Procedural success, defined as device positioning in the proper landing zone was achieved in 16 patients (94%). In these patients, the Parachute® device was positioned in the intended landing zone with insignificant para-prosthetic leaks in 13 patients. Larger leaks were present in 3 patients.
Removal of a dislocated device: Due to dislocation from the proper landing zone one device had to be retrieved from the left ventricle with a complex snare maneuver [Figure 1]. During balloon inflation (“point of no return”) the foot of the Parachute® device dislocated from its intended landing zone to a more cranial and anterior position with flattening of the device in the LV. Since the device was still attached to the delivery system, further balloon inflations with more than 20 cc fluid were performed for possible rescuing of the device position with no success [Figure 1a]. Release of the device in the LV was not possible due to the not intended landing zone. Since stable hemodynamic conditions in this high-risk patient were present, percutaneous removal of the device was tried instead of conversion to open heart surgery for removal of the device. Removal of the device was started with a snare (ONE Snare®, Merit Medical Systems, Inc., South Jordan, UT, USA) entangled around the foot of the device to removed it from the apex [Figure 1b]. Then the device was released from the delivery system and tried to relieve from the apex. Since the device was partly positioned, a second snare for more tensile force was necessary and looped around the device struts, while the first snare was positioned around the umbrella to collapse the device [Figure 1c]. This maneuver released the device into the LV. For recovery of the device, the second snare was removed, the first snare collapsed the umbrella completely and a wire loop through the wholes of the foot was placed to turn the device upside down for better removal antegrade across the aortic valve [Figure 1d]. Removal from the LV into the descending aorta and also the retrieval into the 16F access sheath was performed without any complaints [Figure 1e, 1f]. Postinterventional angiography and echocardiography showed no trauma in the LV, on the aortic valve and the previous implanted MitraClips.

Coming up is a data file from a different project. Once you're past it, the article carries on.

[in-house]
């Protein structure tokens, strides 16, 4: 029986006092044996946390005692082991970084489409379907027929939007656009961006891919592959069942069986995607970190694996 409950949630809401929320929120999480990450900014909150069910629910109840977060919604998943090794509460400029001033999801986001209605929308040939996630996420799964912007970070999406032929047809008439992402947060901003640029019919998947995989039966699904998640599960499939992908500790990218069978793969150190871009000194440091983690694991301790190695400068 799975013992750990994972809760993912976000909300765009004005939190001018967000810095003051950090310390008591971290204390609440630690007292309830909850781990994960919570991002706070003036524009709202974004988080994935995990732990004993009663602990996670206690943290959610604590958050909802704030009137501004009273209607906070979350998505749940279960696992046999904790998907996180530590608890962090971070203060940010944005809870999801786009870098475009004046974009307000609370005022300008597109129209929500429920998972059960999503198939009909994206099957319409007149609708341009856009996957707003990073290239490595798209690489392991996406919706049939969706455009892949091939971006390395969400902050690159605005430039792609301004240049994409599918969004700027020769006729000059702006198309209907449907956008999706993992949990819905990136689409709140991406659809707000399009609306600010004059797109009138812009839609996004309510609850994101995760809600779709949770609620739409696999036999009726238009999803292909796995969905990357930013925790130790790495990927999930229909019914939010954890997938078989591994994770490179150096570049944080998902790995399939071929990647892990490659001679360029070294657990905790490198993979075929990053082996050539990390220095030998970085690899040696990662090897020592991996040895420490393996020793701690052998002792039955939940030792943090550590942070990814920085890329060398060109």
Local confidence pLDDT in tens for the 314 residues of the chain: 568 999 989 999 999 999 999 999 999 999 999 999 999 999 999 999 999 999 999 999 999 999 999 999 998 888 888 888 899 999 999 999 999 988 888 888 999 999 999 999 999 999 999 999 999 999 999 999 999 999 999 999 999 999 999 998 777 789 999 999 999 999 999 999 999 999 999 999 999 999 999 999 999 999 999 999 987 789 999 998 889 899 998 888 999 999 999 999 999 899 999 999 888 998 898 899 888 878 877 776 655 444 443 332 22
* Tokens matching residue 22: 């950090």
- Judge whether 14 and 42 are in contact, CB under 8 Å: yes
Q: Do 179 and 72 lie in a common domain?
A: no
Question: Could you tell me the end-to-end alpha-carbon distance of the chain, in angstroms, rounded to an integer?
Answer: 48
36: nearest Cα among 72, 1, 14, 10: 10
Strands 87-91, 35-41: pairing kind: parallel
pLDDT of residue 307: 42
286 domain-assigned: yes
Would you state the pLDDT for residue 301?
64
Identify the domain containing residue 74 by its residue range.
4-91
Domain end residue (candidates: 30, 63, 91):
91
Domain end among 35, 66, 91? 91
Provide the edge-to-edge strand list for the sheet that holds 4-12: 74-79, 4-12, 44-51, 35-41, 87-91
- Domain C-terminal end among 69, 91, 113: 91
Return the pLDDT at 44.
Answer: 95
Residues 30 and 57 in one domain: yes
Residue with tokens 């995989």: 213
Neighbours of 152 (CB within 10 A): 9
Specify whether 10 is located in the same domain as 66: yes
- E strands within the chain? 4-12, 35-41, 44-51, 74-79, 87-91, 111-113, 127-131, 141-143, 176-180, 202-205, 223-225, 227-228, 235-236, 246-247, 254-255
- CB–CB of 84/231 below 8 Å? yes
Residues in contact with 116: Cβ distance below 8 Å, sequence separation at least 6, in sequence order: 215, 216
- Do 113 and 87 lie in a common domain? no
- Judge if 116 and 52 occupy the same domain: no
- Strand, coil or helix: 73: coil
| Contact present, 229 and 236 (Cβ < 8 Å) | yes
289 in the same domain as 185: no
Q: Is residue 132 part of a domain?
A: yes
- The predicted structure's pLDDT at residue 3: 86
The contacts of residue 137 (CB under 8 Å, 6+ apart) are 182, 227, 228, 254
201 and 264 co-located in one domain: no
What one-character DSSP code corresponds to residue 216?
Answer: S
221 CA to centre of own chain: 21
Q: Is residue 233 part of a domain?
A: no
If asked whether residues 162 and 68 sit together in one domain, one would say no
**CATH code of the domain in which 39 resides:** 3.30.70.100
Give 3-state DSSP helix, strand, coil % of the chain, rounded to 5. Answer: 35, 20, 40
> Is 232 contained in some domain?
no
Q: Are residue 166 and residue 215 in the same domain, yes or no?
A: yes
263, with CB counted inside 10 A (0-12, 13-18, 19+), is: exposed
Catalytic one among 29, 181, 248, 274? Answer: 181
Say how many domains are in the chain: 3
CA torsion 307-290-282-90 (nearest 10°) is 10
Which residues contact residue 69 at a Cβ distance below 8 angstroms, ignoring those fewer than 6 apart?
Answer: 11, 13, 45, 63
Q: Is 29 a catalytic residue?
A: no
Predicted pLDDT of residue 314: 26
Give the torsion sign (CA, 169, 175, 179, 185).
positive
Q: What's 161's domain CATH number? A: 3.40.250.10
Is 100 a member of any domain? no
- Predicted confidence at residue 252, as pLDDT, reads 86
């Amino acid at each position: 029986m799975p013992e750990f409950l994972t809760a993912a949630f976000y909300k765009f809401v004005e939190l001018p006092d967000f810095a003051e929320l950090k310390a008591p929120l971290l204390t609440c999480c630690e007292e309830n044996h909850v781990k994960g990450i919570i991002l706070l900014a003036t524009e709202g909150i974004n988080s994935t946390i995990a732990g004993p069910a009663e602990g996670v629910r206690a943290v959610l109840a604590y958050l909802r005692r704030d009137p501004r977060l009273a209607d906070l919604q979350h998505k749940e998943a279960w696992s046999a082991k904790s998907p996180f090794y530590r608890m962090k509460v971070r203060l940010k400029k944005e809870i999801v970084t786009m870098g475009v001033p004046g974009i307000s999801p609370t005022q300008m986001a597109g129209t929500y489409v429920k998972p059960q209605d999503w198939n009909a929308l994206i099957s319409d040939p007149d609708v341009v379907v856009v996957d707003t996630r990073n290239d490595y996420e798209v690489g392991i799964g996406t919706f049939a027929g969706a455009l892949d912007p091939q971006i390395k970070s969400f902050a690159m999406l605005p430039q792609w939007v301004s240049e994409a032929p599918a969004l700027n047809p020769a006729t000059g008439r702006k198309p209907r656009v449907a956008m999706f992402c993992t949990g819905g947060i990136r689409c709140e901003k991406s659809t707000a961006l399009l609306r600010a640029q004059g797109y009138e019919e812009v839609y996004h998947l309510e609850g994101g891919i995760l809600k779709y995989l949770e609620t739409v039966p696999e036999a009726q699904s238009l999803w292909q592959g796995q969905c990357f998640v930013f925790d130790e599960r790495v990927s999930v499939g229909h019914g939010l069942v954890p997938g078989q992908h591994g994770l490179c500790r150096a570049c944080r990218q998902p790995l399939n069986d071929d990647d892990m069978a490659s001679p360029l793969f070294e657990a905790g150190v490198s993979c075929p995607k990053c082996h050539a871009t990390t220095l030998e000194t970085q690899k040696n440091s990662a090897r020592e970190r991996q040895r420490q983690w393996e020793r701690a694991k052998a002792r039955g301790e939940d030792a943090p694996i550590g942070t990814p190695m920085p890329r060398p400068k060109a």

Figure 1: Removal of the Parachute® device.
Parachute® implantation through aortic bioprostheses: As stated above, the standard procedure was done retrogradely across the aortic valve, via the femoral artery. In two cases, Parachute implantation was performed through an aortic bioprosthesis (29-mm Sapien XT; 23-mm Carpentier-Edwards Perimount, both Edwards Life sciences Corp., Irvine, CA, USA) [Figure 2]. Same approach as used for valve-in-valve implantations or “normal” Parachute® implantations with pigtail insertion into the LV and switch to an Amplatz super stiff guide wire were performed. During assertion of the guide catheter including the delivery system attention need to be paid especially when crossing the aortic bioprothesis. Protection of the sharp edge of the guide catheter can be performed with look out of a balloon inserted in the guide catheter when crossing the aortic bioprothesis. Central positioning of the guide is another issue to minimize the risk of injury on the bioprothesis. During implantation of the Parachute® device the guide should stay in a central position over the aortic valve.
Figure 2:
a) Retrograde Parachute® implantation across a 29-mm Sapien XT prosthesis and c) across a 23-mm Perimount bioprosthesis showing no injury/regurgitation of the two bioprostheses after implantation (b and d)
Parachute® implantation in the presence of a MitraClip or in conjunction with MitraClip implantation: 6 months prior to Parachute® implantation 1 patient had received a single MitraClip (Abbott Vascular, Inc.) for severe mitral regurgitation (MR). Two other patients were treated in combination with a MitraClip procedure. In both patients, the Parachute device was introduced transseptally by way of the 24 Fr MitraClip guide catheter. Due to the steerability of that guide catheter, antegrade and transmitral access to the landing zone and implantation of the Parachute® device was achieved without any problems prior to the MitraClip procedure [Figure 3]. Crossing of the mitral valve antegrade in this combined procedure is not as dangerous as in aortic bioprotheses where the crossing of the valve is retrograde. Attention need to be paid more during the MitraClip procedure to not get caught with the nitinol struts of the Parachute®. Changing of the geometry of the MR was not seen after Parachute® implantation. Subsequently, standard MitraClip implantation, as previously described [17-18], was successfully performed; MR was reduced to < grade 1+ at discharge.